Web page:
LA Times looking for op-ed editor to replace Sue Horton

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Sue Horton, the op-ed editor in the Los Angeles Times opinion section since 2008, is leaving the paper on December 16 for a new job as the West Coast top news editor for Reuters. A lot of people around town know Horton in her capacity as the editor and gatekeeper on op-ed submissions, and previously as Sunday Opinion editor, as a California editor upstairs in the newsroom, and before 2000 as the editor of LA Weekly for about six years. She also taught journalism at USC Annenberg and is the author of "The Billionaire Boys Club."

She will be based in Los Angeles for Reuters, per the memo released last week.

This means the LA Times is looking for a new op-ed editor — a high-profile position that editorial page editor Nick Goldberg calls "one of the best at the paper." His memo to the staff:

To: The Staff

From: Nick Goldberg, Editorial Page Editor

As many of you have by now heard, Sue Horton is leaving The Times after more than a decade to take a job at Reuters. Sue has been a fabulous editor and a great colleague. She’s smart, funny and full of ideas and enthusiasm. I’m sad she’s leaving, and I know everyone in our department will miss her. Her last day will be Dec. 16.

Meanwhile, we have to fill her job. In my opinion, it is one of the best at the paper. Here are the details:

The op-ed editor oversees the weekday and Sunday opinion pages, determining the direction of the section; assigning, selecting and editing commentary pieces and supervising the op-ed staff. The editor works with some of the smartest, most interesting thinkers in the country. Some of them are great writers and some are people who have never before been published. Strong editing skills are essential, and a writing background is also helpful. The editor has to seek out influential thinkers and encourage them to write for the section.

The op-ed job is one for a generalist – someone who knows politics but also knows more than politics. The editor needs to have an interest in Los Angeles and California but also in national news and foreign affairs. Being op-ed editor requires a newspaper journalist’s sensibility but also that of a magazine editor, because the material on the page ranges across a wide variety of tones, styles and subjects. Over the course of a week it is likely to include analysis of straight news, interesting takes on cultural issues, satire and personal essays.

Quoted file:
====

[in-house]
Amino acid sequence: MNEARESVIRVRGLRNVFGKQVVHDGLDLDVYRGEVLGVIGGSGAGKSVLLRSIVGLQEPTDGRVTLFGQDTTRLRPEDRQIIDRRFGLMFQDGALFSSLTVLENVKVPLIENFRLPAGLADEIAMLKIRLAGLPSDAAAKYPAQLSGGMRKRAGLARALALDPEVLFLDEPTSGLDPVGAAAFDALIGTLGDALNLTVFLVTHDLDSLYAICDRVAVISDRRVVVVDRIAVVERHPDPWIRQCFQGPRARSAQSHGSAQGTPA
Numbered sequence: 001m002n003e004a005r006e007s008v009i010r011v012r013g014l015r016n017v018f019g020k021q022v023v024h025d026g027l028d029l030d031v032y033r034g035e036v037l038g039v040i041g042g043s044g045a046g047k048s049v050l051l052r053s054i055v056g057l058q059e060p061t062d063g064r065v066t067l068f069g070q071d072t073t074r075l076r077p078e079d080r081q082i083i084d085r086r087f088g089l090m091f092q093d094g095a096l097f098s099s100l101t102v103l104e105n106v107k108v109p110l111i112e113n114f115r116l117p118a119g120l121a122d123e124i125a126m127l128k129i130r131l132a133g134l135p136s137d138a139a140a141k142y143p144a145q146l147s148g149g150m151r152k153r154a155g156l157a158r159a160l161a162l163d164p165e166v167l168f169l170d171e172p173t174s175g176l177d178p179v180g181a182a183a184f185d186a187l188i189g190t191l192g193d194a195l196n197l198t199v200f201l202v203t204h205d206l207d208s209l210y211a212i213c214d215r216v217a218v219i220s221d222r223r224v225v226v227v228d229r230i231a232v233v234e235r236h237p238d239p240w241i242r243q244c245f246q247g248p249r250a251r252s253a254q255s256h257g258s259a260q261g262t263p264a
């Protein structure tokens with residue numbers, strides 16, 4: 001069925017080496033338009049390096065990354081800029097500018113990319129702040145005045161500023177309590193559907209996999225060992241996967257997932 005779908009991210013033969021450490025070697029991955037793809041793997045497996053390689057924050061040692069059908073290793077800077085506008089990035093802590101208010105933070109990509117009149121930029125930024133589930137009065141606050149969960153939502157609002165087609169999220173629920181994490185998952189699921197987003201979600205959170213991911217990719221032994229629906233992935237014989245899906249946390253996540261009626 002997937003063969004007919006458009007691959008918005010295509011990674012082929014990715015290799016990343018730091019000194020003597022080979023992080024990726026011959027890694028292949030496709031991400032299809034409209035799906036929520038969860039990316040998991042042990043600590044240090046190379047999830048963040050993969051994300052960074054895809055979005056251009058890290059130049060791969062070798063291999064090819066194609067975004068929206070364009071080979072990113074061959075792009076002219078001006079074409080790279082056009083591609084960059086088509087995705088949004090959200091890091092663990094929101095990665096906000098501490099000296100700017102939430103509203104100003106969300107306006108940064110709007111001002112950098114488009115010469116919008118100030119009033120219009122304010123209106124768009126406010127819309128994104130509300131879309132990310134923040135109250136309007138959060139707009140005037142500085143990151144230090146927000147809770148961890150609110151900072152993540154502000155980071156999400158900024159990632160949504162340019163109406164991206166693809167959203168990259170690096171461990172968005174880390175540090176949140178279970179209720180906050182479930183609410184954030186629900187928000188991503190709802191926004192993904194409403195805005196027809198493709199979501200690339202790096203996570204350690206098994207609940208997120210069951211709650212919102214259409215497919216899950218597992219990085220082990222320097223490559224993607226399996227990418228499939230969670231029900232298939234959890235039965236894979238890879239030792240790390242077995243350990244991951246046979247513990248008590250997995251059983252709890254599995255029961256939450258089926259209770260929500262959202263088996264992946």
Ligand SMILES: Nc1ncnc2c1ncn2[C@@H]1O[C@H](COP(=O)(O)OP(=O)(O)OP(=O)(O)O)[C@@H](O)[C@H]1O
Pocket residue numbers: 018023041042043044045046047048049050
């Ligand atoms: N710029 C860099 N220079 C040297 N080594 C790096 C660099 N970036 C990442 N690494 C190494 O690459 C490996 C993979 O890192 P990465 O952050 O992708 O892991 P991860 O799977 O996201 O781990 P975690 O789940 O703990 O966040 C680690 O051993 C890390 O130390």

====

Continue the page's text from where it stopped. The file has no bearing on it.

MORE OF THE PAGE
Like every job at The Times, this is a multimedia, multi-platform position. In addition to conceiving and shaping op-eds, the editor of this section needs to be thinking about Web-only features, digital projects and about how to increase the presence and popularity of The Times’ opinion content on the Internet.

It’s a serious, influential, demanding and satisfying job. Op-ed pieces require nuance and clarity and intellectual honesty, but also need to be authoritative, passionate, lively and engaging. The ideal candidate would be an experienced and imaginative editor, intrigued by controversy, provocative by nature. Because we publish a broad range of opinions, he or she needs to be open-minded, intellectually curious, not averse to working with people who have different political points of view. He or she must work well with others generally, both because it is a supervisorial position and because it involves communication and cooperation with all sorts of people in the outside world. A sense of humor wouldn’t hurt either.

Knowledge of California and Los Angeles is certainly a plus; those are issues that are extremely important on the page. If you have such background, by all means let us know. But lack of local expertise should not be an impediment to applying.

The job reports to Nick Goldberg, the Editorial Page Editor.

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